Monday, December 19, 2011

Supergods - Review


Comic book fans are more than familiar with Grant Morrison, who has written such epic and inspiring works as All-Star Superman, The Invisibles, and Batman and Robin. He's always had a very unique approach to reading and explaining comics and now he's collected them all in this book that highlights all of the ages that comic books and their characters have gone through, as well as the effect they've had on his life and others.

The book covers everything from The Golden Age to the comic book Renaissance that ushered in the books we currently read in shops and our homes. Each age is broken down by its trends, cultural impact, and creative approaches used by the teams that wrote and drew some of pop cultures most iconic characters. Morrison then always tastefully includes how the works affected him and his writing, giving you a more personal look at the topic rather than a regurgitation of information that you might find in a textbook about the subject.

The thing that I've heard some people complain about in this title is the more personal experiences of Morrison detailing his usage of drugs, alcohol, and his more psychedelic adventures with spirituality and abduction. But Morrison himself has constantly reminded readers that all he's doing is telling the truth about his experiences and nothing more. He doesn't try to sell you on a different viewpoint, he only uses the stories to explain how he approached his work and the work of others, as well as how he connects with the universe. Which, when you think about it, is all any writer is trying to do.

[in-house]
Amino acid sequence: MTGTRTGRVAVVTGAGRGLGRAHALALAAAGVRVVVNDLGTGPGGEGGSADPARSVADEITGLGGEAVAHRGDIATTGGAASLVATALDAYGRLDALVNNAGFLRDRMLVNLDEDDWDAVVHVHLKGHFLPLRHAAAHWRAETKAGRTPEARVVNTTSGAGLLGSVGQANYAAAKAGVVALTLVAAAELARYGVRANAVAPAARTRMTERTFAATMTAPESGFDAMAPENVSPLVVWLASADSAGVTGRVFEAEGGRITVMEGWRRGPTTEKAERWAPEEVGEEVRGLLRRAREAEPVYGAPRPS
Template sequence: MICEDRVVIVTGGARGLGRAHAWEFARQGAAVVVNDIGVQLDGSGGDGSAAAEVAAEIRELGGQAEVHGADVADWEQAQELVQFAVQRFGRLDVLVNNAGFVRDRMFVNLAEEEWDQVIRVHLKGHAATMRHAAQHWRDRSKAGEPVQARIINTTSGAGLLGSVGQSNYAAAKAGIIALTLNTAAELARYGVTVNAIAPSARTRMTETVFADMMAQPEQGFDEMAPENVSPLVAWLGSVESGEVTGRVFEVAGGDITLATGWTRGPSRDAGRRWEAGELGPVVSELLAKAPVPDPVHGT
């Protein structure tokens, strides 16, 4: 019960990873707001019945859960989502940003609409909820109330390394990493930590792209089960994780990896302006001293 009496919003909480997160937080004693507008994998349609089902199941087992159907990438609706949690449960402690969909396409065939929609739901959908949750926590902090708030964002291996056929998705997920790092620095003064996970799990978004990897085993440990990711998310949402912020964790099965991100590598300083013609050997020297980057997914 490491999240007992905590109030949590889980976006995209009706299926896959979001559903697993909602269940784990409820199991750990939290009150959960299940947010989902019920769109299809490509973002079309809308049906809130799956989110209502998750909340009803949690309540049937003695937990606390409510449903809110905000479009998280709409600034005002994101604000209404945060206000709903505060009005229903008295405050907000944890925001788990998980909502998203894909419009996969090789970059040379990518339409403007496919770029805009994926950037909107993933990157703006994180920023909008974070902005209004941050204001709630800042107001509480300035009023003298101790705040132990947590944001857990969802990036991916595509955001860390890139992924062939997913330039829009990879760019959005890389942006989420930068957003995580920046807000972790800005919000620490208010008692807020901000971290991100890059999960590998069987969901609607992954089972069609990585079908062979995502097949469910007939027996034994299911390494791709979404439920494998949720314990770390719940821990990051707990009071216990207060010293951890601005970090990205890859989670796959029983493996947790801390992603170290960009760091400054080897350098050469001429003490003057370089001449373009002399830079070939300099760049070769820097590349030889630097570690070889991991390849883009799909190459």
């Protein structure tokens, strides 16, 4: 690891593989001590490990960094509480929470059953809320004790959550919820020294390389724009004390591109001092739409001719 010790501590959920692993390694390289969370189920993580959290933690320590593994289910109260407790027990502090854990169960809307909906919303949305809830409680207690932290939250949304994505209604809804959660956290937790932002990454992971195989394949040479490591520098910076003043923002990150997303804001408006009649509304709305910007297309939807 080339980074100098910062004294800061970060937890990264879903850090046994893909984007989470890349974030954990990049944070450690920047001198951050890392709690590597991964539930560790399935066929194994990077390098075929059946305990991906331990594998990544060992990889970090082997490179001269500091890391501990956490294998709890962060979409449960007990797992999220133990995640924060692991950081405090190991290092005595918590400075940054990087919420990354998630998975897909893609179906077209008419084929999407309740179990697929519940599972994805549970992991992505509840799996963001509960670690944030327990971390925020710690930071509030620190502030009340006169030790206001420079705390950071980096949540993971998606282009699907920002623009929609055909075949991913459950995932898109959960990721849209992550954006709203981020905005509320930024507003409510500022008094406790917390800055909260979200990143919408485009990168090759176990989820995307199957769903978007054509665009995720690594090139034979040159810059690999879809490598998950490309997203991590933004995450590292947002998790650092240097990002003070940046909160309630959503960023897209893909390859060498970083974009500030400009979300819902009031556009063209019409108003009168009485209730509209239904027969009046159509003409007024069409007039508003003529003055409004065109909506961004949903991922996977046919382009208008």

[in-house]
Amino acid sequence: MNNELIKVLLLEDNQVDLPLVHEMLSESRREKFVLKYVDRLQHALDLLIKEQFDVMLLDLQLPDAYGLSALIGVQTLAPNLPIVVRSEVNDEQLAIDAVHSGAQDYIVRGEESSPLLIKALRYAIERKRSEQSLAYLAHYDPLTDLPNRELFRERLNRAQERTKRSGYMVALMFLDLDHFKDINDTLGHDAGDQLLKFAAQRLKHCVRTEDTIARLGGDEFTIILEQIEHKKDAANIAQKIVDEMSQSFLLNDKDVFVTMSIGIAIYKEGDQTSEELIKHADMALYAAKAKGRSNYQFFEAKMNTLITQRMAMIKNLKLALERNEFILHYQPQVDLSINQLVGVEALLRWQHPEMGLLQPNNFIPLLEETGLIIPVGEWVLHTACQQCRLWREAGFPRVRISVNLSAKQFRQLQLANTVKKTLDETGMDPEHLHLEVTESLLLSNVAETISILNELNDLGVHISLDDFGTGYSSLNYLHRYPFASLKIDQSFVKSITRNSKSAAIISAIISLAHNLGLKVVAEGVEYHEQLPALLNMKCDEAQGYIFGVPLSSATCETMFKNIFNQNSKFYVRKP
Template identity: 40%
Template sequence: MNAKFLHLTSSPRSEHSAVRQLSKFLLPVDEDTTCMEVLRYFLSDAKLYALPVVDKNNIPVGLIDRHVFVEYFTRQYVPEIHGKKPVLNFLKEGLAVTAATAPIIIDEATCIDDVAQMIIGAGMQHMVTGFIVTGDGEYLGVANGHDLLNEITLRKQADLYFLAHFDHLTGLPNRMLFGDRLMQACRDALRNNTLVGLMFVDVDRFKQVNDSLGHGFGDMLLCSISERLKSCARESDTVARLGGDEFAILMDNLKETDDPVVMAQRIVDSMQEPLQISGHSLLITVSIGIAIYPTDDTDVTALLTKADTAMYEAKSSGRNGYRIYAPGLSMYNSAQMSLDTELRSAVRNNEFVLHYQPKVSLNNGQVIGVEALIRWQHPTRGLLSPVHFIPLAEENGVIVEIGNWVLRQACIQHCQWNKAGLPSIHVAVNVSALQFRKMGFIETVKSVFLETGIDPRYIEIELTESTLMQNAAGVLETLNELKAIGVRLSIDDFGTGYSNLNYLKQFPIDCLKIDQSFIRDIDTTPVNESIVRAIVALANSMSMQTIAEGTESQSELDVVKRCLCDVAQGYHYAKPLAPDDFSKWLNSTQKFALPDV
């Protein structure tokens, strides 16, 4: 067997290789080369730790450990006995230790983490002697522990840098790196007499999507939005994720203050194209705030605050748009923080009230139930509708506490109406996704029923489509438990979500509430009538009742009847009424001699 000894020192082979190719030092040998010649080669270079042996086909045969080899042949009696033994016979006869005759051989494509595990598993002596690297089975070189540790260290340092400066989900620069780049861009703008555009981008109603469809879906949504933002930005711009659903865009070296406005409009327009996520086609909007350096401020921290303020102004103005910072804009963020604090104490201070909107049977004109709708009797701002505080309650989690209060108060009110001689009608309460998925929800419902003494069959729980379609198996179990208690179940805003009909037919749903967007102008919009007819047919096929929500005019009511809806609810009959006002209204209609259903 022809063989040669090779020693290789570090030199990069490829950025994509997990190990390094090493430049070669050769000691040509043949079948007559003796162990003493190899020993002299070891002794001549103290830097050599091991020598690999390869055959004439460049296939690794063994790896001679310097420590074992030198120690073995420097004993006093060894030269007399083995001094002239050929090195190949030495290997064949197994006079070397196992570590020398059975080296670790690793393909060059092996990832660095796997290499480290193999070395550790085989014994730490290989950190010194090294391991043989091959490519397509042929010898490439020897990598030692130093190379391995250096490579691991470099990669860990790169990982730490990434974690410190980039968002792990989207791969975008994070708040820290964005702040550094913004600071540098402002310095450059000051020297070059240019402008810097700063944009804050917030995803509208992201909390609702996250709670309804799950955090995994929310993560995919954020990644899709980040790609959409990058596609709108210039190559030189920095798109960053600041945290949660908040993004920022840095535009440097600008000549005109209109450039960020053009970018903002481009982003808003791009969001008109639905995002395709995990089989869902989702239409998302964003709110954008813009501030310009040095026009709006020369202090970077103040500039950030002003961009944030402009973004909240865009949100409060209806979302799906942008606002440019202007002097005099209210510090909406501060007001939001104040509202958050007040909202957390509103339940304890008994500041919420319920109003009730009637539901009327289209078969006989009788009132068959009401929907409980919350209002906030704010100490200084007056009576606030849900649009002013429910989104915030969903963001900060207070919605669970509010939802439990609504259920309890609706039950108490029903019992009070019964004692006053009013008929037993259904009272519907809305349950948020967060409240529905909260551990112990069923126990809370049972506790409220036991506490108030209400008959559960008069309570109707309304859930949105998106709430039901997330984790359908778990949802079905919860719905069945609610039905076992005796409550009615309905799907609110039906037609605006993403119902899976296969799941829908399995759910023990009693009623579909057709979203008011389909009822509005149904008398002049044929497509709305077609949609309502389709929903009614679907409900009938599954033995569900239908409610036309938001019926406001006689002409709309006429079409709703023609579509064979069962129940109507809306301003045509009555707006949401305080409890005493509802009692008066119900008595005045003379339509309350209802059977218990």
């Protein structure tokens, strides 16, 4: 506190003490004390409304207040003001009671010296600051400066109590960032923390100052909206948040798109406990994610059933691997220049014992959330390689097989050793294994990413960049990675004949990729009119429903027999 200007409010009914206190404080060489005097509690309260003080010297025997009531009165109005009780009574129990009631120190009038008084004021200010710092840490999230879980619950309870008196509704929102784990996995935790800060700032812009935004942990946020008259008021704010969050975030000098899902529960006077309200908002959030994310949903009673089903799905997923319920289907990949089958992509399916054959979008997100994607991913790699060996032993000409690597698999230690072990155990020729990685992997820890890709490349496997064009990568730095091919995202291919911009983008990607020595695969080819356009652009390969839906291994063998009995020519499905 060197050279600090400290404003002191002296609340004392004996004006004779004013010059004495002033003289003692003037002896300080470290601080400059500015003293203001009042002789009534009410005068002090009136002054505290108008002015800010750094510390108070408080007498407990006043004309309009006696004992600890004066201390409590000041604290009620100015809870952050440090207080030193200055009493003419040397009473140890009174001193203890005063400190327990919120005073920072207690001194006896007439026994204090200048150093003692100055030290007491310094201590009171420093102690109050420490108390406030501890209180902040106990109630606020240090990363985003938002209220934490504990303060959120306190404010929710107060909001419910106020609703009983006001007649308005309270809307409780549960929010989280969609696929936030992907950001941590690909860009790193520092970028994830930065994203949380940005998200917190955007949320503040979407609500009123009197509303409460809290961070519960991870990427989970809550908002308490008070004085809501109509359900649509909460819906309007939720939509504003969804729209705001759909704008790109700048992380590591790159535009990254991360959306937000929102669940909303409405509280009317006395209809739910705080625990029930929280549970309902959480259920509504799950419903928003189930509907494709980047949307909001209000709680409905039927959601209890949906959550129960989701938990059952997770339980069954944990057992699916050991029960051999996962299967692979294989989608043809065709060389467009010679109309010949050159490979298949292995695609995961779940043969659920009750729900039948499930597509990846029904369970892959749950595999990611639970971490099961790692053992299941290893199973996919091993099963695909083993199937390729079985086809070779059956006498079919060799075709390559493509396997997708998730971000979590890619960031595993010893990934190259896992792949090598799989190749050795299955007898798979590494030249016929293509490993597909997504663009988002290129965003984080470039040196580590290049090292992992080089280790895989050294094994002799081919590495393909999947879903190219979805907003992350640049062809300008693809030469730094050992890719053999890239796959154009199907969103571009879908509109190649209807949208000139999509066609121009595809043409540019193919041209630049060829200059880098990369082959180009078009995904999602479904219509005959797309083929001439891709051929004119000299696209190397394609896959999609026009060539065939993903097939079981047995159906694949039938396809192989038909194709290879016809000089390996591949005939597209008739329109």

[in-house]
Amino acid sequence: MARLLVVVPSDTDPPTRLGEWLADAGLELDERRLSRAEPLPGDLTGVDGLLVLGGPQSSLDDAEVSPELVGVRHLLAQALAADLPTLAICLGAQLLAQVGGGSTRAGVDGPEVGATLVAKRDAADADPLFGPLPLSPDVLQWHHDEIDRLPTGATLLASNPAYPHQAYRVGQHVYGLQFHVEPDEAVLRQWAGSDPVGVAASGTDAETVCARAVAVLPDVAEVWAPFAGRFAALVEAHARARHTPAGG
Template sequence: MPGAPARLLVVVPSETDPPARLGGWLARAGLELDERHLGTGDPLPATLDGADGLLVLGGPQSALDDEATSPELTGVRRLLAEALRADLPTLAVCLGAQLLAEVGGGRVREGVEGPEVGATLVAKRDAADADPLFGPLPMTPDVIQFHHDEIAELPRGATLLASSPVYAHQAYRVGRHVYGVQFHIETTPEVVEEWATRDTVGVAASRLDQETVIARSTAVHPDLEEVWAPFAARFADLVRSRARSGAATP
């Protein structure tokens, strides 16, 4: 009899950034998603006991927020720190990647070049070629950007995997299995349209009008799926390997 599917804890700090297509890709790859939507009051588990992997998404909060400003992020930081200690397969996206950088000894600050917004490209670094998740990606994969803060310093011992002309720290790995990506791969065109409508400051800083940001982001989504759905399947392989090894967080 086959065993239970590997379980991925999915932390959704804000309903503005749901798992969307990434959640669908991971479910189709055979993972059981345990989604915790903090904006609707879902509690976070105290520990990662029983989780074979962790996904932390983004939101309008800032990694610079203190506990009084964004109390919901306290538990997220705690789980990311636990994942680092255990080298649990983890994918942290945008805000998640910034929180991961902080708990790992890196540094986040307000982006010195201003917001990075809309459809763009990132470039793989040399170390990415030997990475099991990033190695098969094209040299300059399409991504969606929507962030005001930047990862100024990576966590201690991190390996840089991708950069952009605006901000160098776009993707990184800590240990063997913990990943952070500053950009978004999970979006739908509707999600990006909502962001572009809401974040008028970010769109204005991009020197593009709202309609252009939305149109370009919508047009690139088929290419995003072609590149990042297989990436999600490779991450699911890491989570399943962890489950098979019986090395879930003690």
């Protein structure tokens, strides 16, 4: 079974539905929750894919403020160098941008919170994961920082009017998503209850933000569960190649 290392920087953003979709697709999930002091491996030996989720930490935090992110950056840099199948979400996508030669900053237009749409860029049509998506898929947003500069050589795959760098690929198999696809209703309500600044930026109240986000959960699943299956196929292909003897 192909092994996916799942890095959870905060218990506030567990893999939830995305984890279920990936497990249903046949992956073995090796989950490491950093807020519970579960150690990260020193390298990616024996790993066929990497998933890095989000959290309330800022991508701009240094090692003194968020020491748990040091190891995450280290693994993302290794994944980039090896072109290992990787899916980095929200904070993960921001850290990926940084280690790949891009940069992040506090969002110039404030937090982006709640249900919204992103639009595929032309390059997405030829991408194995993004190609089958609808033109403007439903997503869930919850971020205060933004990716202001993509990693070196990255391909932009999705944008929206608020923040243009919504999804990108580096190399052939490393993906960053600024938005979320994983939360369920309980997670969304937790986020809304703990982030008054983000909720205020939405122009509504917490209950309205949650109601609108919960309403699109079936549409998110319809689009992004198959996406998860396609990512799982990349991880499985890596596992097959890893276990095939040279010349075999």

As a reference to the history of comic books it's indispensable, and the guiding light that Morrison provides through the different ages and his own career are as bright as a Green Lantern power battery on the pages of DC Comics, or perhaps a repulser blast for those more in favor of Marvel.

I give this book a solid 4.5/5 for being another example of how important comics and sequential storytelling are to the world as a form of literature, and its explanation of how important superheroes are to our culture, ideals, and growth as a population and collective species. This is great for fans of comic books and would make a great Christmas gift for someone who is looking to learn more about comics as a medium, or just about how and why they relate to Spider-Man or Superman so much. Take my word for it, it's a must read.

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